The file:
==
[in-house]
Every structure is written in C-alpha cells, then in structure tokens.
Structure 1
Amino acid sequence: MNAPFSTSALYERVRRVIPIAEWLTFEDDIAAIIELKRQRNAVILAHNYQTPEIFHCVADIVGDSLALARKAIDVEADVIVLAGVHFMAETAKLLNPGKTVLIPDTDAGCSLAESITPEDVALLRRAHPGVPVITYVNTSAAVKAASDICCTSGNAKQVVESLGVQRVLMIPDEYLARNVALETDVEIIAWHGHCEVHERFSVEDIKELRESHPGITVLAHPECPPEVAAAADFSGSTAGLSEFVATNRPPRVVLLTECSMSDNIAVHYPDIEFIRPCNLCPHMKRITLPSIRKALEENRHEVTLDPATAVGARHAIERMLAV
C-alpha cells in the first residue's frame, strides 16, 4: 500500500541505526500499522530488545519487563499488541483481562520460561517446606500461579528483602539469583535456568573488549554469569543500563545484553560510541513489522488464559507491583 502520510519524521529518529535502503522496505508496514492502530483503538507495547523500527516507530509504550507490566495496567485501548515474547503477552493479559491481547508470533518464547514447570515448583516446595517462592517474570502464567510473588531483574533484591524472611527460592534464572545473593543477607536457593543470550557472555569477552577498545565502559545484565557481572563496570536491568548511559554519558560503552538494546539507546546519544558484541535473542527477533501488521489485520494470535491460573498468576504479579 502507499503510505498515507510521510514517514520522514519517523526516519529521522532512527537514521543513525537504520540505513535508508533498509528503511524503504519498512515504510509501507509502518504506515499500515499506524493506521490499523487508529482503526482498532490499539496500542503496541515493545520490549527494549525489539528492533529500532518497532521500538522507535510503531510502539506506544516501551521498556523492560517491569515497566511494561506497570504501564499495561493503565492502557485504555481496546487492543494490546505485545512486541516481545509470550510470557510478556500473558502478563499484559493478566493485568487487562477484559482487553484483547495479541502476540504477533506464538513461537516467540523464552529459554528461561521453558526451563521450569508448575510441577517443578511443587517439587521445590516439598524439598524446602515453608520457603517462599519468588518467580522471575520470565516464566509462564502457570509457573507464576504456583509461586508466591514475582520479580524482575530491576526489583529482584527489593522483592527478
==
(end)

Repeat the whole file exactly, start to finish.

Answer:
[in-house]
Every structure is written in C-alpha cells, then in structure tokens.
Structure 1
Amino acid sequence: MNAPFSTSALYERVRRVIPIAEWLTFEDDIAAIIELKRQRNAVILAHNYQTPEIFHCVADIVGDSLALARKAIDVEADVIVLAGVHFMAETAKLLNPGKTVLIPDTDAGCSLAESITPEDVALLRRAHPGVPVITYVNTSAAVKAASDICCTSGNAKQVVESLGVQRVLMIPDEYLARNVALETDVEIIAWHGHCEVHERFSVEDIKELRESHPGITVLAHPECPPEVAAAADFSGSTAGLSEFVATNRPPRVVLLTECSMSDNIAVHYPDIEFIRPCNLCPHMKRITLPSIRKALEENRHEVTLDPATAVGARHAIERMLAV
C-alpha cells in the first residue's frame, strides 16, 4: 500500500541505526500499522530488545519487563499488541483481562520460561517446606500461579528483602539469583535456568573488549554469569543500563545484553560510541513489522488464559507491583 502520510519524521529518529535502503522496505508496514492502530483503538507495547523500527516507530509504550507490566495496567485501548515474547503477552493479559491481547508470533518464547514447570515448583516446595517462592517474570502464567510473588531483574533484591524472611527460592534464572545473593543477607536457593543470550557472555569477552577498545565502559545484565557481572563496570536491568548511559554519558560503552538494546539507546546519544558484541535473542527477533501488521489485520494470535491460573498468576504479579 502507499503510505498515507510521510514517514520522514519517523526516519529521522532512527537514521543513525537504520540505513535508508533498509528503511524503504519498512515504510509501507509502518504506515499500515499506524493506521490499523487508529482503526482498532490499539496500542503496541515493545520490549527494549525489539528492533529500532518497532521500538522507535510503531510502539506506544516501551521498556523492560517491569515497566511494561506497570504501564499495561493503565492502557485504555481496546487492543494490546505485545512486541516481545509470550510470557510478556500473558502478563499484559493478566493485568487487562477484559482487553484483547495479541502476540504477533506464538513461537516467540523464552529459554528461561521453558526451563521450569508448575510441577517443578511443587517439587521445590516439598524439598524446602515453608520457603517462599519468588518467580522471575520470565516464566509462564502457570509457573507464576504456583509461586508466591514475582520479580524482575530491576526489583529482584527489593522483592527478